Andrew Denning has been selected as the winner of the 2014 Joel A. Tarr Prize.
The members of Envirotech are pleased to announce that Andrew Denning has been selected as the winner of the 2014 Joel A. Tarr Prize for his article “From Sublime Landscapes to ‘White Gold’: How Skiing Transformed the Alps after 1930,” Environmental History 19 (January 2014): 78-108.
The Tarr Prize recognizes the best article published in a journal or edited collection on the relationship between technology and environment in history during the previous 18 months. Envirotech would also like to thank our prize committee members—Ann Greene, Steve Cutcliffe, and Ashley Carse—for their service.
Denning’s article examines the material and imaginative transformation of Alpine landscapes in the twentieth century. Writing in an engaging style, he integrates histories of environment, technology, and culture to craft a seamless narrative of landscape change in which the distinctions between these fields and their organizing categories seem superfluous. In so doing, Denning makes a compelling case for the value added by analyzing landscape change through an envirotech lens. After all, as he shows, neither ski slope managers pursuing the goal of snow security—maintaining enough “white gold” on the slopes to attract business—nor visiting tourists saw clear boundaries between nature and technology. New technologies like cable lifts, which moved skiers to existing snow at higher elevations, and snow cannons, which pumped out artificial snow, changed the industry and smoothed out the variability in weather and climate that had plagued their predecessors. In so doing, technologies embedded ski tourism in the physical and economic landscape, while reinforcing a particular vision of Alpine nature.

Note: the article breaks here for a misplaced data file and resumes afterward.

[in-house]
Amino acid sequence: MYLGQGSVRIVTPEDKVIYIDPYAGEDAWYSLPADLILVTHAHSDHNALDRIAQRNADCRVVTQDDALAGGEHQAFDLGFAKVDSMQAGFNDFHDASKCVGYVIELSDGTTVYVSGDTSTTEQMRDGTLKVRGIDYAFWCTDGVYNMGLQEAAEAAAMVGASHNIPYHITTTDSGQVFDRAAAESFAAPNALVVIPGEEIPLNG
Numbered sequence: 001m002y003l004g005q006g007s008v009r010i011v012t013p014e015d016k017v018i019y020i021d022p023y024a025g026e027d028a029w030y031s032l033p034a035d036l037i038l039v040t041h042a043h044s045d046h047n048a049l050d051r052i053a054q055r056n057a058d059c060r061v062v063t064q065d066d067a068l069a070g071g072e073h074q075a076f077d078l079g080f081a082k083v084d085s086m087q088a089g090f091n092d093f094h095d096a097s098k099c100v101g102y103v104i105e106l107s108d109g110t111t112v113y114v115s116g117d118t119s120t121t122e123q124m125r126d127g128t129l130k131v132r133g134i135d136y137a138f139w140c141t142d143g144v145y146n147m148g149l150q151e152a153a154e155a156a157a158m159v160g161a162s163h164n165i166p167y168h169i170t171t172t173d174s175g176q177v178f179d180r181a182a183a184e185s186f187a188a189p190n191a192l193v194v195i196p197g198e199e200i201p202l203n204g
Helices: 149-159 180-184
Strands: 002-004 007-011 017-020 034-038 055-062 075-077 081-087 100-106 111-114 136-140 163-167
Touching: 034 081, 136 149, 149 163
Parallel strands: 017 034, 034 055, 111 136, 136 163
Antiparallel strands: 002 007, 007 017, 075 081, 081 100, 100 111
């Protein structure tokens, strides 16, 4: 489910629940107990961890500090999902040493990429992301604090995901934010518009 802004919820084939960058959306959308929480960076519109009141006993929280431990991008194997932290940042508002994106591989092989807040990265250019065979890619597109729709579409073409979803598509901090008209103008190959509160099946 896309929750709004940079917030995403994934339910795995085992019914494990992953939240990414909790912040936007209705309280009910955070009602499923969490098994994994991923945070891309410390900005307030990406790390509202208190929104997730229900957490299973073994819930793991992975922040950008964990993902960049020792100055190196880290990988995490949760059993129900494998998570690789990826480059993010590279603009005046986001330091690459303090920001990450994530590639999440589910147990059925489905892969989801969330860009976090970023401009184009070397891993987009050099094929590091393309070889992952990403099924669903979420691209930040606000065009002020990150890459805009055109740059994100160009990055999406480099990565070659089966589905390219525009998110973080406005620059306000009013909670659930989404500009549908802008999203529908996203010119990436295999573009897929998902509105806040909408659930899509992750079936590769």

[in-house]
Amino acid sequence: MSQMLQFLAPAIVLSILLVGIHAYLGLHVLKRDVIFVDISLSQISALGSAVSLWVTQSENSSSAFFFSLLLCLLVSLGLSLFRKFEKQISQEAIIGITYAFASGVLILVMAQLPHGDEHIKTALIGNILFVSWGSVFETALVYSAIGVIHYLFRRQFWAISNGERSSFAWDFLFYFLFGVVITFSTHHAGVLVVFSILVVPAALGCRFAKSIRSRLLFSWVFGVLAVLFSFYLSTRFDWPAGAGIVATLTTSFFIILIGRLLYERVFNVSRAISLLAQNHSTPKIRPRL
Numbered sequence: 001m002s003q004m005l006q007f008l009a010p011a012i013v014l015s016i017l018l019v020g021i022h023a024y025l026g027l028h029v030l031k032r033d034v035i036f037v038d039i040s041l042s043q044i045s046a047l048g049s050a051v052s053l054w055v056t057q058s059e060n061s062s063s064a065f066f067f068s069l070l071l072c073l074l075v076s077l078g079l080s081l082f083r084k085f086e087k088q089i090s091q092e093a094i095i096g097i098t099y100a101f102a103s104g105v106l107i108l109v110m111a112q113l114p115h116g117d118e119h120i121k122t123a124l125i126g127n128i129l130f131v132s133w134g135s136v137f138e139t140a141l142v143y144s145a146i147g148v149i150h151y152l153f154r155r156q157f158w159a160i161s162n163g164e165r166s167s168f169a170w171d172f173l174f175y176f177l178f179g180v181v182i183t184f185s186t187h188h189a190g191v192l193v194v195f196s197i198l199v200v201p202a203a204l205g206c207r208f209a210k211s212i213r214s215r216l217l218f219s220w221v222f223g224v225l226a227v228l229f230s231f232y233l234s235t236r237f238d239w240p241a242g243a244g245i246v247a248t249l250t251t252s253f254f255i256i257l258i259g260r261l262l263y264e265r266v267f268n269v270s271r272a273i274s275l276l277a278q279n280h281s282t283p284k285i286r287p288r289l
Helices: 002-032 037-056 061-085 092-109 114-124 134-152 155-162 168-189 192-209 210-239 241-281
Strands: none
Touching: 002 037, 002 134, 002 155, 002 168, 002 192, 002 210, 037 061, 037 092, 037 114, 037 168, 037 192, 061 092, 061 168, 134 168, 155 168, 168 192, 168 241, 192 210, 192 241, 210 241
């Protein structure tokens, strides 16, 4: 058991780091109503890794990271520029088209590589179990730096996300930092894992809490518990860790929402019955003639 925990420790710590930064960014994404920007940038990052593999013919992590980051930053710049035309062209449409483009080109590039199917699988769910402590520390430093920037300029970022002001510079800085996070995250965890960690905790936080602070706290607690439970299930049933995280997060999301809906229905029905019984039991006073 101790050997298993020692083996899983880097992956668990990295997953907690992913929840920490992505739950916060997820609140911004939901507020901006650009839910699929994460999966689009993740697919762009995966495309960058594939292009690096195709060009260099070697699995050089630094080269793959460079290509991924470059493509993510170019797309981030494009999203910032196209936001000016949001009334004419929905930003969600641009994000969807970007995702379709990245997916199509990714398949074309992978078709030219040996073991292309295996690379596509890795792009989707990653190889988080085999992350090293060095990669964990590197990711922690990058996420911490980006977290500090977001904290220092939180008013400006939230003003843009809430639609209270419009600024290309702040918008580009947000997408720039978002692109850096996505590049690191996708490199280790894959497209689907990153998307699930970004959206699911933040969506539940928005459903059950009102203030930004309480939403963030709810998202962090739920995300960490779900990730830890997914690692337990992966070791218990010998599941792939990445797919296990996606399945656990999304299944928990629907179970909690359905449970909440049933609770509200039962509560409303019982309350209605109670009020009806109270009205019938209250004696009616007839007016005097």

The major contribution of the article to Envirotech is its extension of the study of the environment-technology nexus to the study of sport and leisure. While we have learned a great deal about how nuclear, chemical, and agricultural interventions have shaped and been shaped by the non-human environment, Denning’s work reminds us that landscapes of leisure—even those that appear natural—are also engineered. Indeed, entire industries have been organized around the creation and maintenance of a natural aesthetic (a snowy mountainside, a palm-covered beach). To that end, the article draws on a wide range of theory—from Richard White’s writing on work and nature, to sociologist John Urry’s work on the consumption of place, to philosopher Peter Sloterdijk’s ideas about modernity and speed—to explain why and how Alpine landscapes were produced for tourist consumption. By recognizing sports and leisure as phenomena where the environmental and the technical bleed together, Denning opens up a new space for envirotech research.